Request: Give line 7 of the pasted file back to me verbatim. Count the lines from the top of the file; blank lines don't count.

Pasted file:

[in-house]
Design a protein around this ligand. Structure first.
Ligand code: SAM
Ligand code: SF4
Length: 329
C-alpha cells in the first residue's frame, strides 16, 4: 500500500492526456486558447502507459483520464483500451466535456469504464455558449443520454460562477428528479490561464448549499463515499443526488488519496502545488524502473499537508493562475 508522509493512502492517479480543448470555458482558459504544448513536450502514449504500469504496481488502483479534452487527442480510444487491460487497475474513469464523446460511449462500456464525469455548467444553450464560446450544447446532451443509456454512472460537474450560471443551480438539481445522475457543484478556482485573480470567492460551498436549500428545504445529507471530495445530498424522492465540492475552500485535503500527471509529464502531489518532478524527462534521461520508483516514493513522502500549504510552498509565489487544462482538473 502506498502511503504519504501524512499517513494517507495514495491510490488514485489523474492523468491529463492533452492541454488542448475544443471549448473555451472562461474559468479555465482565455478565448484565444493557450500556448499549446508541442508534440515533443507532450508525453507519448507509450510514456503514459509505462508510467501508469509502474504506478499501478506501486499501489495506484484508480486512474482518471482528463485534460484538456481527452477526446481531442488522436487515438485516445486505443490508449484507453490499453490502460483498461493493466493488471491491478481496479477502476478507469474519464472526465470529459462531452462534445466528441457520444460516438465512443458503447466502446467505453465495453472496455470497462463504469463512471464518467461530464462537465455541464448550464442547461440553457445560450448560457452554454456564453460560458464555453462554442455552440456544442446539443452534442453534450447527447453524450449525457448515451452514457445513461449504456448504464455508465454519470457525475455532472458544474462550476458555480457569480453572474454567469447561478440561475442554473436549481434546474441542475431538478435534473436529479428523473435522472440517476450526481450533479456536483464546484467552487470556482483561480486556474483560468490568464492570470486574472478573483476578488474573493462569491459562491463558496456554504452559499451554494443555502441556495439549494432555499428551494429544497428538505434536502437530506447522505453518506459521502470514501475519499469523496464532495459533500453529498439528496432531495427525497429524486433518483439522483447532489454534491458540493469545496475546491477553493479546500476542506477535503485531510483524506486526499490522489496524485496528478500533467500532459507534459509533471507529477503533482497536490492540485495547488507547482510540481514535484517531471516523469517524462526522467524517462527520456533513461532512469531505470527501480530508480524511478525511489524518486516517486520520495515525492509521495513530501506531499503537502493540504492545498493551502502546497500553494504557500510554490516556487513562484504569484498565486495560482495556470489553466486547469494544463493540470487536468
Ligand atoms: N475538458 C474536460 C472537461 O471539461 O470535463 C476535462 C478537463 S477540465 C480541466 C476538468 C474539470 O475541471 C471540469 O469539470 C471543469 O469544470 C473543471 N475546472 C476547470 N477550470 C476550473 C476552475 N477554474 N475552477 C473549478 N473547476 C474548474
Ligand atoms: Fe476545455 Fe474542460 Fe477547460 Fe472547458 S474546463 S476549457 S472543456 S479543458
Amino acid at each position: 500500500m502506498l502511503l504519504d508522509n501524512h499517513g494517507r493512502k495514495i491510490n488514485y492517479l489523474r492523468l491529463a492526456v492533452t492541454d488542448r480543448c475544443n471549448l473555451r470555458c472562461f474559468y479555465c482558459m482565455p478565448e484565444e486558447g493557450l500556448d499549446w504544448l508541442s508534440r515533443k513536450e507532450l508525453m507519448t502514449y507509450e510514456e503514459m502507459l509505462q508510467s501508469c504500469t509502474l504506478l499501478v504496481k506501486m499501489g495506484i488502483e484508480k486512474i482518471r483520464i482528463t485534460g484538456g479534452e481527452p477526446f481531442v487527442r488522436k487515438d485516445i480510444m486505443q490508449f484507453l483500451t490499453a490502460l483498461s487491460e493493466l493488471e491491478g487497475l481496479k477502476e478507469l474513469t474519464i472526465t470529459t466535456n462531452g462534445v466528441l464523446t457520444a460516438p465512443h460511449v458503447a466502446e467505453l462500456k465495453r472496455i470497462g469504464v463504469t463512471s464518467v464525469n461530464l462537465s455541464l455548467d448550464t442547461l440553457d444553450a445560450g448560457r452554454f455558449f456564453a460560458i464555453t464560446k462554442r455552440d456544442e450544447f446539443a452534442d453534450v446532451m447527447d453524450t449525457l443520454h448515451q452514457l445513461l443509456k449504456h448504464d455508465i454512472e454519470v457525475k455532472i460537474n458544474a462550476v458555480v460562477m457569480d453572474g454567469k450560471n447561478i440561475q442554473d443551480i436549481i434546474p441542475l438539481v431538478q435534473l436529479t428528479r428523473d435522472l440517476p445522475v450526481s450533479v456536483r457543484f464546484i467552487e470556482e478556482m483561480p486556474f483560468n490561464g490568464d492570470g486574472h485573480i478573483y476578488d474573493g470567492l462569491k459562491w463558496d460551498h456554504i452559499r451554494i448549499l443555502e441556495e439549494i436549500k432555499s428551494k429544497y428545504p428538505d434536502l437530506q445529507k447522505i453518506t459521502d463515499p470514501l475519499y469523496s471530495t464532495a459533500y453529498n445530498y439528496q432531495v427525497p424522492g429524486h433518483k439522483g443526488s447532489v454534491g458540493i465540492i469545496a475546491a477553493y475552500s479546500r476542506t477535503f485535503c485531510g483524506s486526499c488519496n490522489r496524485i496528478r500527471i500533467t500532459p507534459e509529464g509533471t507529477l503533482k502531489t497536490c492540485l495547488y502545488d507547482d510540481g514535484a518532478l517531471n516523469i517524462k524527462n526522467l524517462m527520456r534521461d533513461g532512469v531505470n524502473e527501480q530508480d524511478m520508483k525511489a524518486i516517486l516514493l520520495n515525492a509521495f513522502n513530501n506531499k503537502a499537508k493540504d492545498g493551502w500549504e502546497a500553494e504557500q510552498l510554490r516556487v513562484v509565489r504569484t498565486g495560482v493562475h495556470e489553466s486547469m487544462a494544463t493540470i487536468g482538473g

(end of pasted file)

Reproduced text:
Ligand atoms: N475538458 C474536460 C472537461 O471539461 O470535463 C476535462 C478537463 S477540465 C480541466 C476538468 C474539470 O475541471 C471540469 O469539470 C471543469 O469544470 C473543471 N475546472 C476547470 N477550470 C476550473 C476552475 N477554474 N475552477 C473549478 N473547476 C474548474